Fall is my favorite time of year, and this year I find in it a metaphor for the current identity crisis within the evangelical church. Just as the leaves fall from the trees, so it seems that evangelicalism is falling from its roots.
The most widely accepted definition of historic evangelicalism comes from David Bebbington’s 1989 book, Evangelism in Modern Britain: A History from the 1730s to the 1980s. Here, Bebbington lays out what is known as the Bebbington Quadrilateral, or four characteristics of historical evangelicalism:
Many Christ-followers affirm these four pillars, as do I. The Greek term euangelion means “good news” or “gospel.” Therefore, from a technical sense an evangelical is a person, church or organization that embraces the gospel message proclaimed by Peter at Caesarea Philippi: Jesus is the Messiah, the Son of the Living God. This central message serves as the foundation of Christianity.
However, in recent decades the term “evangelical” has been hijacked by a much more exclusive group that call themselves “evangelicals,” leaving many on the outside of their circle of acceptance. In addition, inconsistent and at times contradictory definitions lead to very fluid and arbitrary surveys, evaluations and calculations about this elusive group of people.
Hence, there exists a vast group of Christocentric people who agree with Bebbington’s Quadrilateral but who no longer affiliate with the term “evangelical” because of the broader nuances associated with the term. Without centralized leadership from a denominational or organizational body to clarify the use of the term, evangelicalism carries the modern connotation of a label for religious-political conservatives. This results in some distancing themselves from even using the term “evangelical” out of reservation of the impending stereotype associated with its usage.
As some separate themselves or experience excommunication from their mother denominations for not signing a particular statement of faith or failing to hold conservative enough doctrine, it might appear that “evangelicals” are in the season of fall. Numbers are dropping dramatically. Some trends indicate that “nones,” or those with no religious affiliation, are the fasting-growing group in the USA.
“Younger generations are not leaving the church (by and large) because they desire to seek to live carnal, immoral lives.”
Young adults (especially Millennials and Gen Z) are leaving evangelicalism, and their primary reason is the inconsistency between the teaching and practice of the church.
Younger generations are not leaving the church (by and large) because they desire to seek to live carnal, immoral lives. They are leaving institutionalized religion as we have known it for several generations because of a distaste for the unethical behavior within the church. Central to this exodus is that churches are prioritizing and defending their viewpoints on issues more than prioritizing their personal interaction with people.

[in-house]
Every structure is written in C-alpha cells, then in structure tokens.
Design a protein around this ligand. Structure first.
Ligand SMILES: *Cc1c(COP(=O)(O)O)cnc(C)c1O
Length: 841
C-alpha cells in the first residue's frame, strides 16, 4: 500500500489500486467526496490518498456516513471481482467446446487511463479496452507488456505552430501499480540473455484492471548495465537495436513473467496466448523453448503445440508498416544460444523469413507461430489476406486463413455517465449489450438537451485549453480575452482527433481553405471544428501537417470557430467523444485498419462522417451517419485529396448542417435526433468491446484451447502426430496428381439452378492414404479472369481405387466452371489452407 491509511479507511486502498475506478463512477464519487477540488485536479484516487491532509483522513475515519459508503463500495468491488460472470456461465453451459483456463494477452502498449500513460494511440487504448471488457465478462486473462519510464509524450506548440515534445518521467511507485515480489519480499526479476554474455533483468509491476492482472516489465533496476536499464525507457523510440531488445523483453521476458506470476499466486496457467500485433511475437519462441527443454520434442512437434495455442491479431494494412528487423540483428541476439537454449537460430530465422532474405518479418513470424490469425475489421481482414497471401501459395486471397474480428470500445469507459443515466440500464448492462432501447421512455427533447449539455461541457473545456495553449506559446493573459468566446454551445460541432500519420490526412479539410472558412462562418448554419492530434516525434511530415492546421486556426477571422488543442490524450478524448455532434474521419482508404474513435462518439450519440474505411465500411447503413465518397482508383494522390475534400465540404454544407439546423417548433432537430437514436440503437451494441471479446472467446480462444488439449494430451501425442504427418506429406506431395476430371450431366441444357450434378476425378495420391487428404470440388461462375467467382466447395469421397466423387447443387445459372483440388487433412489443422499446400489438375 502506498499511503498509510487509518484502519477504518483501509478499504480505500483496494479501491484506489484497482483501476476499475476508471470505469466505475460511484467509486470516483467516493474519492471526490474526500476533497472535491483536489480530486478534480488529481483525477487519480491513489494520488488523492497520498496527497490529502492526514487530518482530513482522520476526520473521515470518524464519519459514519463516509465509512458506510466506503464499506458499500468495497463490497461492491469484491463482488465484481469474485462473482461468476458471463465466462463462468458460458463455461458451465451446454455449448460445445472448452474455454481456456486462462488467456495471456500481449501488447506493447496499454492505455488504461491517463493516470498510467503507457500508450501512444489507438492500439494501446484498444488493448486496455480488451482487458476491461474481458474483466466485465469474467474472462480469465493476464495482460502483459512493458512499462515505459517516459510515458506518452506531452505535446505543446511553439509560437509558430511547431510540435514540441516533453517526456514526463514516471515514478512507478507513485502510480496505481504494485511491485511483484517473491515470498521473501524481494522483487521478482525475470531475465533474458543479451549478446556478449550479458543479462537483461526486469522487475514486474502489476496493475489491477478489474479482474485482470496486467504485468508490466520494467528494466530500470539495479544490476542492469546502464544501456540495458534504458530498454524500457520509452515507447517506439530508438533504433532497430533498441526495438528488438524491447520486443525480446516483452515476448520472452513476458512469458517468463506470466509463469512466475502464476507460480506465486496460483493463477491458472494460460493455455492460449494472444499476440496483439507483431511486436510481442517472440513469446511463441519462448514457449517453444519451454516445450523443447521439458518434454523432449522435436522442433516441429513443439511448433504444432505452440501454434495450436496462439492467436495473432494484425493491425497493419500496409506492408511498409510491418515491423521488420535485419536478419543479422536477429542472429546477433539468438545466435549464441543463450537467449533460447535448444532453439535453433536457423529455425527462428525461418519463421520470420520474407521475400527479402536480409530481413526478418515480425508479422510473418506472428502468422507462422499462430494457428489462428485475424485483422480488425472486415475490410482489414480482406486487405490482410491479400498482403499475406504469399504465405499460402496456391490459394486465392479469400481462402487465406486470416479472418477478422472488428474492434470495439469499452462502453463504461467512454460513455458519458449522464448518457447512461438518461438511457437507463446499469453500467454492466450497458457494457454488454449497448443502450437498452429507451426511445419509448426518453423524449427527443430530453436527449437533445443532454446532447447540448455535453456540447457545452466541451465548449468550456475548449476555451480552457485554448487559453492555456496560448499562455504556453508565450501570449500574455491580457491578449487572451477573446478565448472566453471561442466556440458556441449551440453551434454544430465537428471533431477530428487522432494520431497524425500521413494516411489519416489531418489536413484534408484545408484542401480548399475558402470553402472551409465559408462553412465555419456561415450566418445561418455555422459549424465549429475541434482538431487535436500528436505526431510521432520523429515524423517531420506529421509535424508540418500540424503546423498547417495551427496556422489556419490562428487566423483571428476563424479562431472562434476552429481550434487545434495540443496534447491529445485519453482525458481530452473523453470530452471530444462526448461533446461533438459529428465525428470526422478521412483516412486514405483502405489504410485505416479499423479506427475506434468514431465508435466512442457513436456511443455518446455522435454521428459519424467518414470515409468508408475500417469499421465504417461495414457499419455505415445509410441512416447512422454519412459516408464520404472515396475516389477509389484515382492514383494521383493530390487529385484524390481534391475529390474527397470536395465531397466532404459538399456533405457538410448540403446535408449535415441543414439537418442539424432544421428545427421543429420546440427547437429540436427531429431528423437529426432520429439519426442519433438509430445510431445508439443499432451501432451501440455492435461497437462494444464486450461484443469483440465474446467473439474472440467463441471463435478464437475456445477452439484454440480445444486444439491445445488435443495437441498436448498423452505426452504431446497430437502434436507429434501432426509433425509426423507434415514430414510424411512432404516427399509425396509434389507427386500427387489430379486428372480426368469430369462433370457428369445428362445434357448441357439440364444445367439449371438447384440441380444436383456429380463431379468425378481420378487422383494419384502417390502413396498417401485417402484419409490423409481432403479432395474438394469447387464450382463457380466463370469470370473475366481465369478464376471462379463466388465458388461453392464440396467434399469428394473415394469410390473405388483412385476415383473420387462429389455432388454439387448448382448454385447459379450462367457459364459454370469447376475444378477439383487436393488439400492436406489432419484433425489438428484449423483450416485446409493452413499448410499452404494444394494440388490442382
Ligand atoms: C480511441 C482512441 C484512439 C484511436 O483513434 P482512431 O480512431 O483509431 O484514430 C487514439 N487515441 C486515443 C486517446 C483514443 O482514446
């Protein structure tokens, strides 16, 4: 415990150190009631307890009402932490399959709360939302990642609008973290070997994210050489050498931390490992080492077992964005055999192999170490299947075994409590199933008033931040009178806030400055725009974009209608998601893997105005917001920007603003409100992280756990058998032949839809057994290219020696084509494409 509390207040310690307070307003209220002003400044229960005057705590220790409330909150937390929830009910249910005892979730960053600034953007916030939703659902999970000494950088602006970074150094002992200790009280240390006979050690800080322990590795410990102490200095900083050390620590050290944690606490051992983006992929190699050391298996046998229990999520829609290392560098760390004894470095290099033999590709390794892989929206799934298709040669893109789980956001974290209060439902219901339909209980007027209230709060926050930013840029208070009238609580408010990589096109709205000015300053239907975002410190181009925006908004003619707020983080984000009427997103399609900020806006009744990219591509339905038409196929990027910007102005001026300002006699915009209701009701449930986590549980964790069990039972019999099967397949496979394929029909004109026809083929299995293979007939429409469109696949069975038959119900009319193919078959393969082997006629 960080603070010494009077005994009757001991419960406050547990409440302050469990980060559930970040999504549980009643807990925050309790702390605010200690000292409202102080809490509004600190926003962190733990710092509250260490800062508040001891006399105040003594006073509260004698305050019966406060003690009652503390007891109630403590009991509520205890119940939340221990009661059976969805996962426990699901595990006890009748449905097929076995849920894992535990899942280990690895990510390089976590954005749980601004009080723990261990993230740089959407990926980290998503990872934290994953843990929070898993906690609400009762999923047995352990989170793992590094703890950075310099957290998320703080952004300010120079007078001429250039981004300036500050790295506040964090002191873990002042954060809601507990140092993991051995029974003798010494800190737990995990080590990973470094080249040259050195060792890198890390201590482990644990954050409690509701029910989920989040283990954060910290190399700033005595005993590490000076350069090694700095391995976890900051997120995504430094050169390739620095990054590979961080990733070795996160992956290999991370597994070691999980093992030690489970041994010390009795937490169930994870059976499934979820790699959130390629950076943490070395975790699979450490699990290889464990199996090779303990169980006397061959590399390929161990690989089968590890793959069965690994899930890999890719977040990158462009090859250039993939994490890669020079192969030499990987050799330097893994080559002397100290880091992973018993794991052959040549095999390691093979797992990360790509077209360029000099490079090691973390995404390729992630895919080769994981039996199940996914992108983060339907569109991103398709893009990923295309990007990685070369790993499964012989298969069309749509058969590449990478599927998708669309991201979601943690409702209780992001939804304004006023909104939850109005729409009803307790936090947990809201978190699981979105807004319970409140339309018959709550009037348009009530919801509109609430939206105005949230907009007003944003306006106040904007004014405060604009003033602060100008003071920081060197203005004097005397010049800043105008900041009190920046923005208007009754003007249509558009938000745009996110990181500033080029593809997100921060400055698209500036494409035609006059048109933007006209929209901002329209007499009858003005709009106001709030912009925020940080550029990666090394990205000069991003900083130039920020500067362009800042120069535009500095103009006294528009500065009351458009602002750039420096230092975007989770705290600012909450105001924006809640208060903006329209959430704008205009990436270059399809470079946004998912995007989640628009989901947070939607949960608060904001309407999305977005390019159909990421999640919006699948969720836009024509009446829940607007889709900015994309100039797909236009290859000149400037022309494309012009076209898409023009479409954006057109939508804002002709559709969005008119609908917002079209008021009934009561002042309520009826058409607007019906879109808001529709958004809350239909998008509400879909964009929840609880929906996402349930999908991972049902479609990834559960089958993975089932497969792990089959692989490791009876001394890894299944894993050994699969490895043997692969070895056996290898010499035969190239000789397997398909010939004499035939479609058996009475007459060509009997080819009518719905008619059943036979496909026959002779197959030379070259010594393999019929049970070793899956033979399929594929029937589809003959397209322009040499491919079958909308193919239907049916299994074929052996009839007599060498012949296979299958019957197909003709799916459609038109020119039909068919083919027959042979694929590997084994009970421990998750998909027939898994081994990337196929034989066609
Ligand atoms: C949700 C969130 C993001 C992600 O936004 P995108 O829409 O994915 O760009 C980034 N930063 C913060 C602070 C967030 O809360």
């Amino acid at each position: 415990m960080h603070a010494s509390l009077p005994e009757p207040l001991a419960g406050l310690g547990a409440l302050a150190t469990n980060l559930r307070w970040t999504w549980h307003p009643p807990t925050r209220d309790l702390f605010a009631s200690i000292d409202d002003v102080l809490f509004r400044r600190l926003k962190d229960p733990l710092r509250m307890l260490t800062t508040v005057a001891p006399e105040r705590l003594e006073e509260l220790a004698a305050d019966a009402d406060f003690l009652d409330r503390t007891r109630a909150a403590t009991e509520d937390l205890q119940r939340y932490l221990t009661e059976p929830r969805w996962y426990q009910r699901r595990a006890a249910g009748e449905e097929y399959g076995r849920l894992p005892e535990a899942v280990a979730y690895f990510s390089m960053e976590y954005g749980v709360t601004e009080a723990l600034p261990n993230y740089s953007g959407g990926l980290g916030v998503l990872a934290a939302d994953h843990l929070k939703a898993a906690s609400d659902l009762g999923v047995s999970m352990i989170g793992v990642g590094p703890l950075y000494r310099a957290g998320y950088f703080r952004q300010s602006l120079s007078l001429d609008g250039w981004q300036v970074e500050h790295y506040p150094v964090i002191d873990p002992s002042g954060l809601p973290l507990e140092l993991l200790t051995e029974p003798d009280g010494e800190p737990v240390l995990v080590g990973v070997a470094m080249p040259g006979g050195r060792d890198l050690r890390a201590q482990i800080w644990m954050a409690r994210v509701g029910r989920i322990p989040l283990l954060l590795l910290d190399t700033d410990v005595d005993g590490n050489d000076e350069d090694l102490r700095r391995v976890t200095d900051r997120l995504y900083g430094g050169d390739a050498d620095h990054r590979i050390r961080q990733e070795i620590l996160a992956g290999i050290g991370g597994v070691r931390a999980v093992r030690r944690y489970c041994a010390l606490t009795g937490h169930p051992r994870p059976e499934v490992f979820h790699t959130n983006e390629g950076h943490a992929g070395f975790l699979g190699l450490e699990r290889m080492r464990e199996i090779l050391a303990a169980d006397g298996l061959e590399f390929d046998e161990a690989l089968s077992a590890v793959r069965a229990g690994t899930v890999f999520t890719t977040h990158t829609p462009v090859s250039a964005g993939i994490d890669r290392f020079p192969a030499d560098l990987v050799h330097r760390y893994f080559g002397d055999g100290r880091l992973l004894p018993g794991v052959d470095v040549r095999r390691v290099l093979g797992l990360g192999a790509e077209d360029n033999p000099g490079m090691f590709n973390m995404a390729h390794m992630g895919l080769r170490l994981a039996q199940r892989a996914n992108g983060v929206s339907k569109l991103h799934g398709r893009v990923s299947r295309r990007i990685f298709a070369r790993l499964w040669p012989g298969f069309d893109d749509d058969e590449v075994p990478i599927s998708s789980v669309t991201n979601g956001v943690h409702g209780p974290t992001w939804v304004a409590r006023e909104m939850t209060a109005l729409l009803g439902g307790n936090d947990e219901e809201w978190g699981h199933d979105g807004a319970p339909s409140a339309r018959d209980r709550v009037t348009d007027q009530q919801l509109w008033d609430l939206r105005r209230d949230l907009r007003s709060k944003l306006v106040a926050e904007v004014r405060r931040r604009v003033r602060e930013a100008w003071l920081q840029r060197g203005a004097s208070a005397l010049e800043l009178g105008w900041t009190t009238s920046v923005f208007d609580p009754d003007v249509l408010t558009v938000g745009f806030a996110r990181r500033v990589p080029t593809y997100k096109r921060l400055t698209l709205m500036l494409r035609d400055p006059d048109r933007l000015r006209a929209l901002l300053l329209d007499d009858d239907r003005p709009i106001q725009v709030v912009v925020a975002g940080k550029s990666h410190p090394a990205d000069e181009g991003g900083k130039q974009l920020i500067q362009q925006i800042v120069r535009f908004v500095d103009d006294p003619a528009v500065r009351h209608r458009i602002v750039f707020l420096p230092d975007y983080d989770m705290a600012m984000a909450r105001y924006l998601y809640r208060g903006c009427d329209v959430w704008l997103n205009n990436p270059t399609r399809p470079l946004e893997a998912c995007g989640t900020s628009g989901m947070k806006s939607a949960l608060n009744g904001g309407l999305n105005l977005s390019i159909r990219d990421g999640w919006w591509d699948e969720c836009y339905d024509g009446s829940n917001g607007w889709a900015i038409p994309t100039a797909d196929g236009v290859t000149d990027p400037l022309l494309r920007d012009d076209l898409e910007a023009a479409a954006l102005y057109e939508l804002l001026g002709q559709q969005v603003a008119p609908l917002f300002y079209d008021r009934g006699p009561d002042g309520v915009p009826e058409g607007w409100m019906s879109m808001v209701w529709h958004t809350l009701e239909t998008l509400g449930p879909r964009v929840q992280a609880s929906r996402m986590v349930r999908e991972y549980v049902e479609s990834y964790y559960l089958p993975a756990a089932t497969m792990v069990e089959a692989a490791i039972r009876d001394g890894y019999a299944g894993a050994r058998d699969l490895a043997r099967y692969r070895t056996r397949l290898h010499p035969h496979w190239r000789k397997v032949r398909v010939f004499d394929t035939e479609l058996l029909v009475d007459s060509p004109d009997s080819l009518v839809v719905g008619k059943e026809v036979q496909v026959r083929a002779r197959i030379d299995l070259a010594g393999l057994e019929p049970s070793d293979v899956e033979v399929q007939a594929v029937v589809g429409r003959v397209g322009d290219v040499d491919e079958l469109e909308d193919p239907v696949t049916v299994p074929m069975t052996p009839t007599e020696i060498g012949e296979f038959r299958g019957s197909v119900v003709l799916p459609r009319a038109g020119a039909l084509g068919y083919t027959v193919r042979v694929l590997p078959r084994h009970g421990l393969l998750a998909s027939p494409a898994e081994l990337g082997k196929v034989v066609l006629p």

Attempts to minimize the magnitude of sexual and emotional abuse by clergy, refusal of personal culpability for ongoing systemic racial bias, unwillingness to befriend and be allies for LGBTQ individuals, and inequality for women in the pulpit and the public arena are just a few of the most noteworthy issues. Many may be tempted fearfully to decry, “The sky is falling!”
Yet, all is not lost. Just as nature prepares for winter through the shedding of leaves and a period of dormancy, so the ecumenical church is in a state of preparation for coming growth. Such growth is not likely to come through the often-touted conservative agenda of Christian nationalism. The wedding of the government and the church has proved disastrous throughout human history (from the Spanish Inquisition to Nazi Germany).
“Christian nationalism, which is no more nationalistic than it is Christian, is the single greatest threat to the advancement of the kingdom of God.”
Christian nationalism, which is no more nationalistic than it is Christian, is the single greatest threat to the advancement of the kingdom of God.
Post-evangelicals are “emerging” in a new movement that seeks to reform modern Christendom from this church-state union. Like evangelicalism, the “emergent church” movement is difficult to define. Phyllis Tickle (who died in 2015) is instrumental in recognizing the emergence of new pedagogy and methodology in the church every 500 years and identifying the current emergent movement.
While the specific nuances of emergence are still being formulated and fleshed out, a common denominator is the refurbishing and revitalization of traditional liturgy into new, more vital forms. The movement is less concerned with denominational loyalty and hierarchal structures and far more concerned with embracing a wider cross-section of community and collaborative worship and service.